Tips for Relieving Travel Anxiety

Do you recall the 1950’s Chevrolet commercial sung by actor and singer Dinah Shore? I‘m dating myself, but I do. The ad began: “See the USA in your Chevrolet. America is asking you to call. Drive your Chevrolet through the USA. America’s the greatest land of all.” Yes, the ad romanticizes auto travel. Aug 19 car on mapBut what do you do as a caregiver if your loved one living with dementia is afraid to travel by car or becomes anxious at the thought of leaving home?

Caregivers often have to face a variety of such challenges. Travel, especially to new places can be exciting, but the novelty of unfamiliar places, interaction with strangers, and the disruption of daily patterns and routines may lead to confusion on the part of persons living with dementia. Confusion and disorientation cause distress that might result in potentially disruptive behaviors or even trigger wandering.

Please don’t misunderstand. Many people living with dementia find travel fun. This month I followed the recent excursion via Facebook of one of my favorite bloggers, Harry Urban. He and his family make plans annually to vacation in Colonial Williamsburg, VA. Harry looked forward to this trip and even made videos of it, posting clips on his Facebook page. You can see the sheer delight in his face as he strolls through this historical town! Harry was diagnosed with Alzheimer’s about thirteen years ago.

If you are planning to travel a long distance with your loved one, you may want to ask their doctor if they are at a stage where they can tolerate all the stresses of such a trip. The California Central Chapter of Alzheimer’s Association recommends, “As a rule of thumb, (persons in) stages six and seven are too advanced and vulnerable and should not travel. NO person with dementia should ever travel unaccompanied. There are too many decisions to make, directions to follow, unfamiliar surroundings to navigate.”

Hopefully the suggestions I offer here will be helpful and generic enough, whether you and your loved one will travel by car, taxi, bus, plane, ship, or train. Some of these tips are based on my own experiences traveling with my mother who had dementia.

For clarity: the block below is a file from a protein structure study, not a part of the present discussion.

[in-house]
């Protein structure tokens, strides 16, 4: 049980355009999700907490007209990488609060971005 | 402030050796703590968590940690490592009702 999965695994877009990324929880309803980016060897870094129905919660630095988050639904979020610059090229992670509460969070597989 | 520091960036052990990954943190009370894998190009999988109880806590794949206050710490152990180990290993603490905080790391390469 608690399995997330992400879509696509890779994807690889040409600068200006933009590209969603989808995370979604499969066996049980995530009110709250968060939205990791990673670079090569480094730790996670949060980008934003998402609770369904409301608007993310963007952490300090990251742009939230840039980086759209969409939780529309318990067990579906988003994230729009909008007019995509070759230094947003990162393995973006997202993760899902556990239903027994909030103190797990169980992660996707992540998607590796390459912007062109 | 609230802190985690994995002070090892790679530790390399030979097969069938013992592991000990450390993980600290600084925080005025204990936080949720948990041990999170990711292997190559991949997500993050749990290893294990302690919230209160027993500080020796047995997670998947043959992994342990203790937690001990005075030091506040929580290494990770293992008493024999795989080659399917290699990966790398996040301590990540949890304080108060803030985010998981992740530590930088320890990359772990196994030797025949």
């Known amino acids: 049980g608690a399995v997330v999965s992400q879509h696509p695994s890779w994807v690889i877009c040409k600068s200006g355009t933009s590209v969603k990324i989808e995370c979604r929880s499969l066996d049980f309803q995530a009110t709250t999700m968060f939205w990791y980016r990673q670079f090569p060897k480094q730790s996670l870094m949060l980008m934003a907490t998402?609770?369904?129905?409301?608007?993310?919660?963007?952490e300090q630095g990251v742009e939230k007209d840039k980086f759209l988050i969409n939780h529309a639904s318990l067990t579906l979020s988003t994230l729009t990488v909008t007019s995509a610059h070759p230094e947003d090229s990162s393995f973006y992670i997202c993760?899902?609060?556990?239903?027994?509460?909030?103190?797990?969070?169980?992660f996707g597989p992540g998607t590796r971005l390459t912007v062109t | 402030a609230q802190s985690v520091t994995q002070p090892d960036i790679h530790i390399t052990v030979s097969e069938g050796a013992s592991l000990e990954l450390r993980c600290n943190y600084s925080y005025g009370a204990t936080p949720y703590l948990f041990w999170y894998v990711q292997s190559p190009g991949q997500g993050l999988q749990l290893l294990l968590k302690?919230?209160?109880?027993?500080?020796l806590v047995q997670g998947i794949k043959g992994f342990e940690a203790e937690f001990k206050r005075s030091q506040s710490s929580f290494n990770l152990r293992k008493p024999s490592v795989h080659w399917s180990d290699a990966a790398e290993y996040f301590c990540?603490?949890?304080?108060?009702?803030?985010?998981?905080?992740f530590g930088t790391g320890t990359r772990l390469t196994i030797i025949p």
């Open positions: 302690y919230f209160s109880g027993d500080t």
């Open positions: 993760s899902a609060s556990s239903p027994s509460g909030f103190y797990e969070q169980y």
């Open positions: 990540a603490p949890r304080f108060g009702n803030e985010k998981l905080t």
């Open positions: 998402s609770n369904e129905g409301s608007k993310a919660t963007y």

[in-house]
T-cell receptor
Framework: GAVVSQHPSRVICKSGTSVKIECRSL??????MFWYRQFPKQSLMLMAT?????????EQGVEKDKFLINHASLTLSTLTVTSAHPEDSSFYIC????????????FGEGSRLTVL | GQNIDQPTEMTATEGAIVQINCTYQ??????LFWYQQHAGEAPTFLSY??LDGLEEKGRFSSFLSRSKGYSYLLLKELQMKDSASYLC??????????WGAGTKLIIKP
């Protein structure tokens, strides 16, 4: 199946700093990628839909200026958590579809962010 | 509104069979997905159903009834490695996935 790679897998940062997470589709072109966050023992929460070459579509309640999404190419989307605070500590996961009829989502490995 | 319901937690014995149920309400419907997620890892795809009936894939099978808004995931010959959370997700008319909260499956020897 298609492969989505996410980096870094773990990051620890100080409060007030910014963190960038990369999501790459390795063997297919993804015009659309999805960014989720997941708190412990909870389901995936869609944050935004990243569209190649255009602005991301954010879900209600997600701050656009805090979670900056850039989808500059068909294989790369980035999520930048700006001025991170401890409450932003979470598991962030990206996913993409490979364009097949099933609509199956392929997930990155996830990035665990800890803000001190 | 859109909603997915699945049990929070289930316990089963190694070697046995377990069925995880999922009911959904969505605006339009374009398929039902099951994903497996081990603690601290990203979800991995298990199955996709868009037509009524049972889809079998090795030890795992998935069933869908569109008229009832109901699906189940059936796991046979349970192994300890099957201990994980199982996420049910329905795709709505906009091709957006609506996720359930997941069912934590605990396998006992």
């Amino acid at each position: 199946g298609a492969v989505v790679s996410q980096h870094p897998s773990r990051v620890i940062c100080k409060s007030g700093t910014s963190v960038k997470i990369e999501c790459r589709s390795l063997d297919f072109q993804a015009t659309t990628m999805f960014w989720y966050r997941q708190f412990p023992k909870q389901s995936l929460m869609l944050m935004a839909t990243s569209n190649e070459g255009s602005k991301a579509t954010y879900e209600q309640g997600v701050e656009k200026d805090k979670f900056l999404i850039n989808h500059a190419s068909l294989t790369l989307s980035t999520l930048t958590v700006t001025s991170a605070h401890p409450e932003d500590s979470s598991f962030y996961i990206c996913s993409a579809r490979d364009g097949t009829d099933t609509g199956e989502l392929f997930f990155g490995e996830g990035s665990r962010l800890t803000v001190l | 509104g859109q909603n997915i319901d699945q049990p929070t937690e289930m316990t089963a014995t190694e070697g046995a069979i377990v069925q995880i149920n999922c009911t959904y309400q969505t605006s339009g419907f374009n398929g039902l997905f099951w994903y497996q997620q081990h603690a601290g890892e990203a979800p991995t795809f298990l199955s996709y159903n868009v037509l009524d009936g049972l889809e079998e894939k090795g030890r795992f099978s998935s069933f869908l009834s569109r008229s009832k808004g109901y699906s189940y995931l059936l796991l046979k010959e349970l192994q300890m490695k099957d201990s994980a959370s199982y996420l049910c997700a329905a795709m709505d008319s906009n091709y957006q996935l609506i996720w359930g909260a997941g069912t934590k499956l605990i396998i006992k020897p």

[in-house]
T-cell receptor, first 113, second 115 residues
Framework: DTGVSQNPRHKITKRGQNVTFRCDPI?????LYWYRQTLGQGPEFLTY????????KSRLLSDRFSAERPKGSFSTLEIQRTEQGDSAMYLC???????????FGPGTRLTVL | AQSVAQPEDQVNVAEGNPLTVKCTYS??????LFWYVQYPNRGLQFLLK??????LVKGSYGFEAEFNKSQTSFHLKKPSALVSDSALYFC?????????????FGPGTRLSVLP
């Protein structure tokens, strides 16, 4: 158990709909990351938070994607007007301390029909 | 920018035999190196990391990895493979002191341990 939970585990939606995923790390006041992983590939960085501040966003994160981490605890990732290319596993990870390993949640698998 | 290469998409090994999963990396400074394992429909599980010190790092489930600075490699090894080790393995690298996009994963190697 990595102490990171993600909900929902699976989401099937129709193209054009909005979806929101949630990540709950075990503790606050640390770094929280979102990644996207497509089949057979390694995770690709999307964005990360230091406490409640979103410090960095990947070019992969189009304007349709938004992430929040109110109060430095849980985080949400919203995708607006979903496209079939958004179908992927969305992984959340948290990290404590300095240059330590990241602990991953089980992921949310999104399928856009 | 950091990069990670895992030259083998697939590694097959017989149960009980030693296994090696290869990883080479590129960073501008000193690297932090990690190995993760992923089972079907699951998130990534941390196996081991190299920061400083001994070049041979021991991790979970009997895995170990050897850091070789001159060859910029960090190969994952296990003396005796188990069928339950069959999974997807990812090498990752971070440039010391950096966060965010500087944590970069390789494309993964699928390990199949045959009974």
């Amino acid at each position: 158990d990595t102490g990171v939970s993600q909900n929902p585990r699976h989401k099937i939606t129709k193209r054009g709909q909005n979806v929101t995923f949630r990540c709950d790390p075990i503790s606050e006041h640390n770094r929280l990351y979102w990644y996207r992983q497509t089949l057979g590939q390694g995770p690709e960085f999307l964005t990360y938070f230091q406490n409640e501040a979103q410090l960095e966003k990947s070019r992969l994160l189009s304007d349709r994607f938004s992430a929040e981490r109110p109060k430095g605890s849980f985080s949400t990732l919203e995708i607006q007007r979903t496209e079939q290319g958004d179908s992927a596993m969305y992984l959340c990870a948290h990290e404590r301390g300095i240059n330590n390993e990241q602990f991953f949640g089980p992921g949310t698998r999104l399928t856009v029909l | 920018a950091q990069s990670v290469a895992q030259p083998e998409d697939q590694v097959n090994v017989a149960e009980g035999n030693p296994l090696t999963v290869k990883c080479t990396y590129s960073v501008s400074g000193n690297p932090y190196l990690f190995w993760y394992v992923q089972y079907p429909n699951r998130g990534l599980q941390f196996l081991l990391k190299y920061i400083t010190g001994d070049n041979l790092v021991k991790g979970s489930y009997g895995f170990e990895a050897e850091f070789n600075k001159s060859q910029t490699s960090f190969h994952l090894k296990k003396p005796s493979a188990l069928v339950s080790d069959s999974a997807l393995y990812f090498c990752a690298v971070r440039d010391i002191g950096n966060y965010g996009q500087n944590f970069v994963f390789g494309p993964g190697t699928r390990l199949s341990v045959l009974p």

Advance Preparation and Precautions

I can’t stress enough how important it is to plan all the possible details of any trip in advance. Anticipating the needs of your loved one, preparing them, and helping them stay calm and occupied while in transit, can go a long way in making for an enjoyable trip.

If you’ve noticed that your loved one gets anxious about the thought of even getting into a car, perhaps they were in an accident in the past or got lost while driving. Perhaps these memories resurface when they think about traveling. If it’s possible, at an opportune time, ask if they can help you understand what it is that they fear might happen? Is there something specific that brings them discomfort; e.g., the destination, the time of day, the length of the outing? If they can’t answer and don’t remember, don’t force the issue. Perhaps there is another family member who can recount an issue from the past.

Make sure your vehicle is in tip top shape if you are driving. Even a trip to the nearby doctor’s office could be ruined if your car runs out of gas, breaks down, or a tire goes flat. Keep an emergency kit in the trunk. Take comfort items along, like a neck pillow, favorite soft blanket, sweater, snacks, water, continence care items, extra set of clothes. For longer trips, don’t forget to take medications that they require. Keep in mind that persons with dementia are more sensitive to tiredness, discomfort, and hunger.

Aug 19 AirportIf you are flying, use a travel agent who can help you with details and notify the airlines about your situation. Minimize layovers and length of the trip. Reserve a wheelchair to help navigate going through TSA security screening and getting to the gate. Also note that beginning January 22, 2018, certain state ID cards will no longer be enough to board a domestic flight. You may need passports. The Alzheimer’s Association has a document devoted to travel safety, including travel by air. You can download it at the link below this article.